You are a fan and you don’t own your idols.
I am not addressing this to the entirety of the population of fans out there, but just to those who seem to be confused about what being a true fan really means.
The Cambridge Dictionary says a fan is someone who admires and supports a person, sport, sports team, etc. The Oxford Dictionaries defines it as a person who has a strong interest in or admiration for a particular person or thing. None of these definitions says a fan can dictate what his or her idol should do and who that idol should be.
You don’t have the right to because you don’t own them; like how you don’t own Taylor Swift, the favourite love-and-hate talk of the town. If you’re a real fan, you’re not one of those people telling her to stop dating men she likes, stop writing what she feels and what she thinks and just stay being America’s sweetheart when clearly she’s done being your good little girl. Recently, Swift released her long-anticipated and most biting album yet, Reputation, and along with it is a note to the fans talking about how it has been being in the public eye and mentioning how ‘her mistakes have been used against her, her heartbreaks have been used as entertainment, and her songwriting has been trivialised as oversharing.’ She has been in our lives since she was 15 that some of us may feel like we own part of hers. But then again, we don’t. No one can control any other people’s lives but themselves; like how Finn Wolfhard has the control over his life on his own and his alone. The 14-year-old Stranger Things actor was recently called out by fans for not greeting them outside his hotel. As Game of Thrones actress Sophie Turner puts it, it does not matter if he’s an actor, he’s a kid first before that and he should be able to ‘grow without feeling like he owes anyone anything for living his childhood dreams.’
Every one of us, whether you are an actor or not, feel like we need space at some point and we should all be understanding enough if that’s what the person wants. We all have our own selfishness and actors are not an exemption to that. They would want to be away from the screaming and flashing cameras from time to time and no one should ever criticize them for wanting that just because they are public figures. Yes, fans put them to where they are right now and are the reason why they are able to do what they want and earn money at the same time. We as fans buy their albums, concert tickets, stream their shows online and or pay for other merchandises that they put out. However, we should be reminded that it is their art/work, which they have invested in so much, that we are buying and not them nor their lives. We should not act like we can demand to interfere in their personal lives, and if not allowed, we criticize them until they are emotionally drained and are in ruins. If you want some of their time, then go to their fan meetings, shows, and or other official guestings instead of waiting in front of their hotels to invade their privacy. If you are arguing that you don’t have money to buy tickets to shows, matches or what, then that’s your problem. That’s reality and you should work hard to earn some money and see them in their official public appearances if you really want to.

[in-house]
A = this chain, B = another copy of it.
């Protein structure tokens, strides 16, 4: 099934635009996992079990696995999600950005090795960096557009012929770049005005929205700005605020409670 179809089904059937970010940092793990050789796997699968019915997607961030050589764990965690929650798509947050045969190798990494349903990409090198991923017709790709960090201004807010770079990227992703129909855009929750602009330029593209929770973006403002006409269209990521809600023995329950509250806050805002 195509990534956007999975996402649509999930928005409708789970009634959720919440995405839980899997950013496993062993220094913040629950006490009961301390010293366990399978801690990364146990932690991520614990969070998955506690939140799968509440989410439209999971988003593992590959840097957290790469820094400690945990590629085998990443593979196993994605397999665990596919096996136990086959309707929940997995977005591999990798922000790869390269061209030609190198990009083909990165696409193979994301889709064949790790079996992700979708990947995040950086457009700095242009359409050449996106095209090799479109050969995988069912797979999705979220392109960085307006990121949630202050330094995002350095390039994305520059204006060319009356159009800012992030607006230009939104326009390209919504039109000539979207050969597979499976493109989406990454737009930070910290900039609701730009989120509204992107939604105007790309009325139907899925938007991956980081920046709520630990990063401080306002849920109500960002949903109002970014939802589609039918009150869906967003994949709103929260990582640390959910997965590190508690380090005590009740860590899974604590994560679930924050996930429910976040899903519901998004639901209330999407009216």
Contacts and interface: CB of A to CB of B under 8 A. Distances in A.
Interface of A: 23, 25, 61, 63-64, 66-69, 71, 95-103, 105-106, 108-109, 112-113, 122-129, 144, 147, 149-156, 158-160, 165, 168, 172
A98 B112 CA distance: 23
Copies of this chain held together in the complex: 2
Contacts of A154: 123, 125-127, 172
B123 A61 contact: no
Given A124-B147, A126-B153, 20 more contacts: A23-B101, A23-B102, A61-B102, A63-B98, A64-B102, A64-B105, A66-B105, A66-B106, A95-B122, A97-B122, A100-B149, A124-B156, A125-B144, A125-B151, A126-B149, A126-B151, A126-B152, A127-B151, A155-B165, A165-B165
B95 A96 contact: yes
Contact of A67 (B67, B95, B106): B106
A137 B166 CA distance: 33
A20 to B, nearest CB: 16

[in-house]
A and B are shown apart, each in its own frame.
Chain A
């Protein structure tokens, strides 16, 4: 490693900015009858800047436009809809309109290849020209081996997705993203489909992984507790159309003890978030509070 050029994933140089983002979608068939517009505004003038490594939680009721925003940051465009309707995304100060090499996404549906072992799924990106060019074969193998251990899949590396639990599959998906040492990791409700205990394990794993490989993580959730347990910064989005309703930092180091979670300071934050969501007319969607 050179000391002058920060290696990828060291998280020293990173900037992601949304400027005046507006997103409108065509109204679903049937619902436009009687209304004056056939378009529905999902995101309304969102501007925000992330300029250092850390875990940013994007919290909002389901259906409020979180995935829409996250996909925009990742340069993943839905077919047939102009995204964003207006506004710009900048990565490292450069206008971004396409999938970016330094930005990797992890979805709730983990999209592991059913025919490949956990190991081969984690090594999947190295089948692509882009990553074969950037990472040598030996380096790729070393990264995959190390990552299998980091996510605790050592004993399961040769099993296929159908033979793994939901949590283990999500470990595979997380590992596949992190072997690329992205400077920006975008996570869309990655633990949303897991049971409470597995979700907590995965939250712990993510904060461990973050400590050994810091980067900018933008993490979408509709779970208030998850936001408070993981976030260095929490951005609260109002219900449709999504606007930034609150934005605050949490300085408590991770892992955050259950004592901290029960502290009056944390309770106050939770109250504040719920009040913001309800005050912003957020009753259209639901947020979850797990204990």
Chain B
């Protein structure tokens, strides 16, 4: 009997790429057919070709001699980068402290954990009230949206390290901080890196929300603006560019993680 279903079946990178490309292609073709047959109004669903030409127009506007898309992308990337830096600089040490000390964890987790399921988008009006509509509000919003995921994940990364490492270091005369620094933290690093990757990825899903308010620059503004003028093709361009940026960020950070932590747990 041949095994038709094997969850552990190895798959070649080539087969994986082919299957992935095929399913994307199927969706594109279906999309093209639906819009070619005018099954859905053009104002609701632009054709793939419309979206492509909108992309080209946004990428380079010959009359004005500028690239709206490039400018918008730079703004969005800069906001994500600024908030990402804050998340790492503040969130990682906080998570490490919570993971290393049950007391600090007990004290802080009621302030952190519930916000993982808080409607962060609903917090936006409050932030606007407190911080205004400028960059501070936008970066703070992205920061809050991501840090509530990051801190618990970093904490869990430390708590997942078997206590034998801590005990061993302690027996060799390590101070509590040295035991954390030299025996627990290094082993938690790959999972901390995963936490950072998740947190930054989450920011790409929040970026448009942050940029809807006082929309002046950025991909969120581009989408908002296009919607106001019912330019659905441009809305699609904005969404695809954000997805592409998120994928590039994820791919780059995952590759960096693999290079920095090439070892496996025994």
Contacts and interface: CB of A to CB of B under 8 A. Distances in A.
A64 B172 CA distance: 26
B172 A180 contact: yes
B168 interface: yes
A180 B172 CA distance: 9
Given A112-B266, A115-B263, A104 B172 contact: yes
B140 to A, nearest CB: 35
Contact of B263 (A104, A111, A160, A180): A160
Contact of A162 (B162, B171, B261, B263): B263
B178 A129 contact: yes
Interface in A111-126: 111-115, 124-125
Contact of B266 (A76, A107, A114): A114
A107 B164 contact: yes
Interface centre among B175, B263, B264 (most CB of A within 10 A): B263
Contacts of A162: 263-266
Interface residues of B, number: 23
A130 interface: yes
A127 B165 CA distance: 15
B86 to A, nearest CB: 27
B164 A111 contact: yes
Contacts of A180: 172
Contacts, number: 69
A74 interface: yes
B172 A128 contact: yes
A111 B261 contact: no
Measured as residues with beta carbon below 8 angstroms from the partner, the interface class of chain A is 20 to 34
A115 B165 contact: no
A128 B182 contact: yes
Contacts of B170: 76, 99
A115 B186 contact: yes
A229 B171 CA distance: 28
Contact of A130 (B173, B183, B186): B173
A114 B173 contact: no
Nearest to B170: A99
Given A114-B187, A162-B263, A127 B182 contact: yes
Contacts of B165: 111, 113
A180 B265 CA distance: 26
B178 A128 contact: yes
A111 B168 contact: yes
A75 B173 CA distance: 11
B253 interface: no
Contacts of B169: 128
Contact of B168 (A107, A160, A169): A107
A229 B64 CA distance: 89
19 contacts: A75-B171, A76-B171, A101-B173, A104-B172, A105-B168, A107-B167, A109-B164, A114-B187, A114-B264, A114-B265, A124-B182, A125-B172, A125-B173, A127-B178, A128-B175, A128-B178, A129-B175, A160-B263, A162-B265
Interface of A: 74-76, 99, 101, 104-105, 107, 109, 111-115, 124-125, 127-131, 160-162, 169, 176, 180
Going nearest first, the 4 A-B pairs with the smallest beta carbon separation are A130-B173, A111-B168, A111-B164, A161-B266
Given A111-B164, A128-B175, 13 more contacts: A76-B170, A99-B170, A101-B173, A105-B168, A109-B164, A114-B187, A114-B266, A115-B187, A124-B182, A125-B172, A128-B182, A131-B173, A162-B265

It is time for fans to stop caring too much about the personal lives of their idols. I understand that it is unavoidable for their personal lives to be before the public eye but fans should start it in themselves to realize it should be something we can muse about but not interfere with. We do not know them personally and so we should not bash them for things we may be ill-informed about. Sometimes, I even think it is much better for fans to just care about nothing more than their idols’ work or art. It will be better not only for your idol’s peace of mind but for yours as well. Think before you say or do something that could eventually affect these public figures and most especially do not start a fight and hurt other fans. Before being celebrities and fans, we all are humans first, and as humans, we should always try not to hurt one another.
We should shatter the idea that these are the consequences of being famous and that it comes with their jobs because it isn’t and it shouldn’t. This issue has been around for a long time already and this is definitely not the fault of the advent of the internet, but this problem has obviously been magnified by the social media age. This is bullying and you are not a bully, you are a fan, and that should be enough reason for you to use the power of the internet in reverse to call for a change.
In my own definition, being a fan means supporting your idol in their public endeavours. The key word is support and not bring them down. The word public draws the line between your relationship with your idols. If you want to be beyond that line, then go earn yourself a spot as their friend or what. But if not, then again for those people in the back I will repeat, these public figures’ private lives are something you can muse and be happy or sad about as a fan, but it should never be something you can interfere with. If you still cannot understand this boundary, then maybe you should reassess yourself as a fan and or eventually stop calling yourself as one, if you aren’t really one in the first place.